Many little family shops or neighborhood bars have quirky bathrooms. You know the ones I mean. Some are covered in cheeky murals, others have funky toilet paper holders, and they all extend or reveal a bit about the character of the establishment. France is notorious for particularly grim public restrooms. They usually consist of a toilet with no seat jammed into a closet so small your knees are practically grazing the wall. And they often leave a lot to be desired in terms of cleanliness. But hey, when you’ve gotta go, you’ve gotta go. Desperate times and all that… Which is how I found my self face to face with this toilet. I have to wonder about the sign… What event (or events) lead to its posting ? Why is it in English ? Is that really what the proprietor intended to say ?? Whatever the answers to these questions, it really made me laugh. And the toilet was fairly clean to boot! All in all a worthwhile foray into the sketchy world of French public bathrooms! ❂   …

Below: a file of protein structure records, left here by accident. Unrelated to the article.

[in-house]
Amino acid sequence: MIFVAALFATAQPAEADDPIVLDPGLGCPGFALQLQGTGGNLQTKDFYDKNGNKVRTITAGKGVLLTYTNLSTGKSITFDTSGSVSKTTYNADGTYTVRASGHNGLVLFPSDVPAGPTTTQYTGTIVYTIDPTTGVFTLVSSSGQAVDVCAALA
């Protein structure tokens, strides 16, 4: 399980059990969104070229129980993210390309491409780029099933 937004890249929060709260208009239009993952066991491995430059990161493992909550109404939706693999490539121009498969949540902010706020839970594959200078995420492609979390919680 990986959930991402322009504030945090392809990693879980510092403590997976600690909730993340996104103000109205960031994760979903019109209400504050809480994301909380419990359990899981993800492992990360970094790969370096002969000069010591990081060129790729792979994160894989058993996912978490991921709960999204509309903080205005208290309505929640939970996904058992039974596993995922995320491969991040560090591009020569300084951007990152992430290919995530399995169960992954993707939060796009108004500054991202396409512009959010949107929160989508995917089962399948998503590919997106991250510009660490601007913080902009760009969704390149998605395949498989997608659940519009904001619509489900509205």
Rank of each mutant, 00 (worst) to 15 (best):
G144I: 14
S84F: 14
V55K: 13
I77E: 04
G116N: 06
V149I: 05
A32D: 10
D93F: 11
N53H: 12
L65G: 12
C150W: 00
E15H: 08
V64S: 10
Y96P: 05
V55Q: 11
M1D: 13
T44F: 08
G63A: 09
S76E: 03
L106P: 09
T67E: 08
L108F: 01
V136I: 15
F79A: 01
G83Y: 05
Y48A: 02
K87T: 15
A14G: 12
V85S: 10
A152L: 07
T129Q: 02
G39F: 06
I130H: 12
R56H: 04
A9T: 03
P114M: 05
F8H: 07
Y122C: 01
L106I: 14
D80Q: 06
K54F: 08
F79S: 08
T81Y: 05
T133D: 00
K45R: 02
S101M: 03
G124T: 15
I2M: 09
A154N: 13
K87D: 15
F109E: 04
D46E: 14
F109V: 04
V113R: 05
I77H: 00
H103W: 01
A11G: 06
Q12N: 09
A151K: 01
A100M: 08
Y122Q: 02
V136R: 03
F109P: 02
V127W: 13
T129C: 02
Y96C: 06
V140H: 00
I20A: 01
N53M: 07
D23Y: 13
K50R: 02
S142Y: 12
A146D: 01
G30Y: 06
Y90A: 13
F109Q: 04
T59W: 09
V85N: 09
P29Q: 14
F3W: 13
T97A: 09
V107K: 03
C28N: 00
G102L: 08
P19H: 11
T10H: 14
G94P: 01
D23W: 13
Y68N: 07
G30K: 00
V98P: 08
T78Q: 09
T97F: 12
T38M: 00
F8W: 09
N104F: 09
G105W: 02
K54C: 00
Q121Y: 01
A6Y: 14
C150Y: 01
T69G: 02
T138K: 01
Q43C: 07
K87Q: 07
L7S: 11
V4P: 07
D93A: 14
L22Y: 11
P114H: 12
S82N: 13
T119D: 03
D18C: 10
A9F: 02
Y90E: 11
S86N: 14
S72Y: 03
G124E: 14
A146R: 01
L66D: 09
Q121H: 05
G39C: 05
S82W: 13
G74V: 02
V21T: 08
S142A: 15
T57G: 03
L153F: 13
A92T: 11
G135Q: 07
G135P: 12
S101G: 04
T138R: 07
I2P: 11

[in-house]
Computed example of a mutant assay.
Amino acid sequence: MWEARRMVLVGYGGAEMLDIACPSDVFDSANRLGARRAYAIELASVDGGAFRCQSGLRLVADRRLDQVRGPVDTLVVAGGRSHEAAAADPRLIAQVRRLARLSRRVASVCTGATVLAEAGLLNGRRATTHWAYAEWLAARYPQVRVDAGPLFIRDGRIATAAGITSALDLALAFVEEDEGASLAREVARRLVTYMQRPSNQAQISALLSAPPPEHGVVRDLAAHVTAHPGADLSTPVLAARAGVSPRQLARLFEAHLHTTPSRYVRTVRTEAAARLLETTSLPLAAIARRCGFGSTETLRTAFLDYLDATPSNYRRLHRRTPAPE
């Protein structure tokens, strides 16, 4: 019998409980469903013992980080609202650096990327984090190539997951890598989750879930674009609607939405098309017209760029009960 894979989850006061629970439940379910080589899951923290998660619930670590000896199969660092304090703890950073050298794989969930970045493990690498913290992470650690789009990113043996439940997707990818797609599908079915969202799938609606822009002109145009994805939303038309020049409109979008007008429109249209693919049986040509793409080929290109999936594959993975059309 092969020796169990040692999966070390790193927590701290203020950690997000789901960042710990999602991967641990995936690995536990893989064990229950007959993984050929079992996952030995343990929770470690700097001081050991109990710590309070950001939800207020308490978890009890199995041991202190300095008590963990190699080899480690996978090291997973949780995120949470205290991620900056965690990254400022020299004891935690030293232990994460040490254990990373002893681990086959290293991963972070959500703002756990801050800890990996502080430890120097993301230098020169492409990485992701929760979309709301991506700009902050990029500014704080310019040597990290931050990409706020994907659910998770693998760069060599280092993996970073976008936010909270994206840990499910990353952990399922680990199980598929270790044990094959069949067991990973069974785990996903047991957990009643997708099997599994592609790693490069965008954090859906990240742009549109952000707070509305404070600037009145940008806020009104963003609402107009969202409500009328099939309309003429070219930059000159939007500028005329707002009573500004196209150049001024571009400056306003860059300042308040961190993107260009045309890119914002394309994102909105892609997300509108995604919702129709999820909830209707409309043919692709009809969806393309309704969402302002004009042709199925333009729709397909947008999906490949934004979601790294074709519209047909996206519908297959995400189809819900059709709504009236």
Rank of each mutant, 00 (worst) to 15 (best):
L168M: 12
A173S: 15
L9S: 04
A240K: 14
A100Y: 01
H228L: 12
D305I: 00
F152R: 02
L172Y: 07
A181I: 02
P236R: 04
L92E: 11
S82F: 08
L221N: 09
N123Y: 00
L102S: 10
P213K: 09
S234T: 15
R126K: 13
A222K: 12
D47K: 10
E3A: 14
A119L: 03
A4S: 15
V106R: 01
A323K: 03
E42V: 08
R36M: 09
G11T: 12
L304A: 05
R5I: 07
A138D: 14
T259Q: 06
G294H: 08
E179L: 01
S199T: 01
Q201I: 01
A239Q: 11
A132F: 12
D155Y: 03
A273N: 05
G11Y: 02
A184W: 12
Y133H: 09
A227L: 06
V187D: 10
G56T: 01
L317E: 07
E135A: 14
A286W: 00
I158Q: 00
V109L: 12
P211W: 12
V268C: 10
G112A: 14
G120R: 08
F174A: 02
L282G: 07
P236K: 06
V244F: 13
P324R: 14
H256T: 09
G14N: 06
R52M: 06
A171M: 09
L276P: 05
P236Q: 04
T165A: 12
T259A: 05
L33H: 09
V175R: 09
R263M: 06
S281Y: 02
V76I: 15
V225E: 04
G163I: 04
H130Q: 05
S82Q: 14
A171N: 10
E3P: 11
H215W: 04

21 mars – from my table

From my table, I see the old men playing pétanque for hours on end. I watch, impressed, as their heavy metal balls clink effortlessly against their opponents’, decades of practice making the gesture as natural as walking.   From my table, I hear the school bell signaling students and teachers. I listen to its cheery, etherial music as it marks the passing hours. From my table, I feel the tram rumble far beneath me as it runs on the track directly below my street. I think of the thousands of strangers getting off and on the train each time it passes by. From my table, I smell the new candle I bought last week, scented with orange blossom. I inhale the sweet floral perfume and my mouth waters thinking of the delicious navette cookies, traditional in Marseille, scented with the same fragrance. From my table, I taste my afternoon snack of Granny Smith apple slices spread with store-brand nutella. I savor the tart, tangy juice of the apple mixed with the sweet, nutty chocolate. ❂   Slice of Life is a daily writing challenge …